If Plan A doesn’t work out the alphabet has 25 more letters….

A lot can happen in three weeks.

A DNF at my Plan B race Ironman Copenhagen on August 23rd (following a DNS at my Plan A race – Challenge Roth – earlier in the season due to illness) and I was starting to think an iron distance race in 2015 just wasn’t to be.

So what went down in Copenhagen? Quite simply – I forgot about the process and focussed only on the end result. I wanted a PB, which is why I chose this race in the first place and I put pressure on myself to go out and get it. To cut a long story short – my swim was slow (1:04), bike split fell short of expectations (5:09) and I managed about 10k of the run before getting hauled off the course by a race doc after being deemed unfit to continue. In my head I’d envisioned a sub-60min swim, sub 5hr bike and then emptying the tank with a low 3 hour run. What went wrong? Conditions certainly played a part, the swim was tough and congested, the wind was screaming past me on the bike and the run was hotter than anticipated, Nothing I couldn’t normally handle but I wasn’t in the right mindset to adapt my perfect plan. I pushed too hard on the bike trying to make up time after a sub-par swim ignoring my screaming legs and more crucially my thirst. I held it together for about 3hours until my pace started to drop and my plan crumbled. I rolled into T2 emotionally and physically spent. There must have been something showing in my demeanour because the race medic was right on me in the transition tent asking me to remove my sunglasses so he could see my eyes and kept asking me my name and date of birth. Weirdo, I thought. Of course I know my own name. I assured him I was fine and I continued on my merry way. A few kilometers into the run course I became vaguely aware of being followed by a bike. I thought this was strange because they only usually accompany the top 3 athletes and in my mind I felt like I was in last place in the whole race. Maybe it was the sweeper bike making sure I made the cut-off? Weird thoughts (I was actually 5th place pro at the time…). Turned out it was a member of the medical team assessing me as I ran. I did my best to appear unfazed and run in a straight line but made the mistake of running straight through an aid station – I didn’t feel hot (it was hot) or thirsty (I was massively dehydrated at this point) and when I staggered into a bush on the side of the course it was the final straw. I was pulled from the race. On hearing “race number 35, your race is over” I collapsed on the ground a mixture of disappointment, confusion, anger and finally relief (and guilt that I felt relieved) enveloping me. It was over. My first trip in an ambulance and a post-race IV later and the ordeal was done. Then there was the emptiness of unfulfilled goals and failure. If you’re an athlete, I’m sure you’ve been there at some point but you never get used to it. It’s the flip side to success and it hurts.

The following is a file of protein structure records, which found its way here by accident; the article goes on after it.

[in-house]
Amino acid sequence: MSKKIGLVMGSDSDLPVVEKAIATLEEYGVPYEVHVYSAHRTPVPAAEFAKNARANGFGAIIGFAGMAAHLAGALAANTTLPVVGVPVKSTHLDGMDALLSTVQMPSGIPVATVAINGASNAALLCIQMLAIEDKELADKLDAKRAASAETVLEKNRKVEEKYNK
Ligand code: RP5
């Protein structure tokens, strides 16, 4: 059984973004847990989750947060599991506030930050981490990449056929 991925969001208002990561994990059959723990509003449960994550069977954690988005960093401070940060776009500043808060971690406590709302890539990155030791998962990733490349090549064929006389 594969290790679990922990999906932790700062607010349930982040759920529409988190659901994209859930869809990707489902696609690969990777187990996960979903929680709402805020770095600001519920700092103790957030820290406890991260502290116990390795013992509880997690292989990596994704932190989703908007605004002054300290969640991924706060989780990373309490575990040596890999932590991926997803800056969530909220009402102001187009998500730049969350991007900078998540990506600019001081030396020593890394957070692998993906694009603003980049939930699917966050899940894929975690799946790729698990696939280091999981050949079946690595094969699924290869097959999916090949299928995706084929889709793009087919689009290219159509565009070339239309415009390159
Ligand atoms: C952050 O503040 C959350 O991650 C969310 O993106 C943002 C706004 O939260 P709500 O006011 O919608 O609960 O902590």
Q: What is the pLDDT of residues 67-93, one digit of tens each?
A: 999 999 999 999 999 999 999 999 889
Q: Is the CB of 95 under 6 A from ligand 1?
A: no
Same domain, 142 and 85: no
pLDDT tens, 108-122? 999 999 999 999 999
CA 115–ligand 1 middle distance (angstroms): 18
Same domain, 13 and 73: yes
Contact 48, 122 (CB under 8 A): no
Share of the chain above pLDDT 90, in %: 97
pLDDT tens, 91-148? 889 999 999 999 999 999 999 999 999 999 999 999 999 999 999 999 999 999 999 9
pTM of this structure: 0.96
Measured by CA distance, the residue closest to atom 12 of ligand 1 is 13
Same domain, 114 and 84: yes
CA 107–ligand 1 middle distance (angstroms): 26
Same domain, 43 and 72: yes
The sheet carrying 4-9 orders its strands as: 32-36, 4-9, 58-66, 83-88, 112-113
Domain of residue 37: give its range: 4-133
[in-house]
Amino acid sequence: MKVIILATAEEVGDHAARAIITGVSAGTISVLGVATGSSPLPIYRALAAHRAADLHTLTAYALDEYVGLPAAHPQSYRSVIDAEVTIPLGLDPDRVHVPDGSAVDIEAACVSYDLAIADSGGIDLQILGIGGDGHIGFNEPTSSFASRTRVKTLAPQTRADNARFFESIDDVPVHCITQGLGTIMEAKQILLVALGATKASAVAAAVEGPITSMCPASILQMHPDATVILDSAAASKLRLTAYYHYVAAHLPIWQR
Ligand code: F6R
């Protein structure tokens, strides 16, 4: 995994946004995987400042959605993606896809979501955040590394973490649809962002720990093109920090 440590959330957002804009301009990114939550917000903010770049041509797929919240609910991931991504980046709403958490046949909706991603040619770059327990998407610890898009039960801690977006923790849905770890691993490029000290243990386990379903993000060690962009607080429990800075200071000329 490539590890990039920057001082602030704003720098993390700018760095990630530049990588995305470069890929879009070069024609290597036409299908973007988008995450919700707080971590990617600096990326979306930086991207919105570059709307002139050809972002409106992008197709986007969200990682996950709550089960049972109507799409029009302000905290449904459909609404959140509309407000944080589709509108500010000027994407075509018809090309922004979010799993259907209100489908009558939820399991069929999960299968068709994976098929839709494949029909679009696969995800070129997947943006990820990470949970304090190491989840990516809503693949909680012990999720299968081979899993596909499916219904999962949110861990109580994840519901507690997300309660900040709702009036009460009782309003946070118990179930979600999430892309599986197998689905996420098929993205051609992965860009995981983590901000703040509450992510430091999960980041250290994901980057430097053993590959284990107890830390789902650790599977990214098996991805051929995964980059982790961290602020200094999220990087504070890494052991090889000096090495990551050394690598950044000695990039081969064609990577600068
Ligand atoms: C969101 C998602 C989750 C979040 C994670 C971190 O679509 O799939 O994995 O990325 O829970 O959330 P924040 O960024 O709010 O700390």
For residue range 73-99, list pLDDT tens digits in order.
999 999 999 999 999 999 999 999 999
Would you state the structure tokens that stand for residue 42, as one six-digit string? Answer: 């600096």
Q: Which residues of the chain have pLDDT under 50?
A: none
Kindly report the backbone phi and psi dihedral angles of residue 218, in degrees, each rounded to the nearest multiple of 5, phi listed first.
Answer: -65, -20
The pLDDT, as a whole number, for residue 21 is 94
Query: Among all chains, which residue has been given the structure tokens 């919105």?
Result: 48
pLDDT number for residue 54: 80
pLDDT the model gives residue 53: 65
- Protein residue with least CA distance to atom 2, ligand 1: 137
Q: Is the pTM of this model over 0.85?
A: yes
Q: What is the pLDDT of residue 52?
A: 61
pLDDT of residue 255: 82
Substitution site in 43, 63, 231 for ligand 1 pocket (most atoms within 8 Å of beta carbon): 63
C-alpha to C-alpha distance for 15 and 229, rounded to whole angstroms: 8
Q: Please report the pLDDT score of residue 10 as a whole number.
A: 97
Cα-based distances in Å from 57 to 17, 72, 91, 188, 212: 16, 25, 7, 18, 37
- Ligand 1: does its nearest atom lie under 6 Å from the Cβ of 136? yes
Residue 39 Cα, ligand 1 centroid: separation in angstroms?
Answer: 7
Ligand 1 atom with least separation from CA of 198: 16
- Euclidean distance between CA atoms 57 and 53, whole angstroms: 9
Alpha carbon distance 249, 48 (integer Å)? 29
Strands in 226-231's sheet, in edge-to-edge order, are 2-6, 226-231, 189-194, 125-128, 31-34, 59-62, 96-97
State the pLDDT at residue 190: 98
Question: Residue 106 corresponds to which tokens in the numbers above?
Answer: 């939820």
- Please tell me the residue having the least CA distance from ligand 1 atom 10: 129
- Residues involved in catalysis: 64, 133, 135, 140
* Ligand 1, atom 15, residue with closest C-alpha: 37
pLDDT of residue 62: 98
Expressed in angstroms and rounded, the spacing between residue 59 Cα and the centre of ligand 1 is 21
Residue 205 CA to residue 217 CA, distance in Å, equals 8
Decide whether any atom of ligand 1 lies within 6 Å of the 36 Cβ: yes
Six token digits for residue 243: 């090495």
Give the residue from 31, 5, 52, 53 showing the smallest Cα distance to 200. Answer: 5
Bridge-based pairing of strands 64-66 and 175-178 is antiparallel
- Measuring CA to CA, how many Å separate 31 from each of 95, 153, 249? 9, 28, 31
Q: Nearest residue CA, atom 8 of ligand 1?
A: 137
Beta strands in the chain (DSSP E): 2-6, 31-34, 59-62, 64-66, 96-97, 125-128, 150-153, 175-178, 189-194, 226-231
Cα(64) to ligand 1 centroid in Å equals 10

So. What next? I briefly considered shutting my season down. Briefly. But I knew I had something left in the tank and I wanted to go out and use it. Plus I knew stewing over a DNF over the winter would not be a healthy thing for me so I set to work searching out a Plan C. Challenge Weymouth landed right in my lap. It was the ETU long distance champs and being a home race it was the perfect solution – minimal travel/stress/expense – it was worth one last punt.

Fast forward 3 weeks and I’m standing on Preston beach along with a handful of other pros about to hit the water to start our iron distance day. I felt the usual pre-race nerves but mostly I felt gratitude and excitement that I had a second chance. Self-imposed pressure was replaced by a determination to have fun and enjoy the course – whatever will be, will be…

swim start focus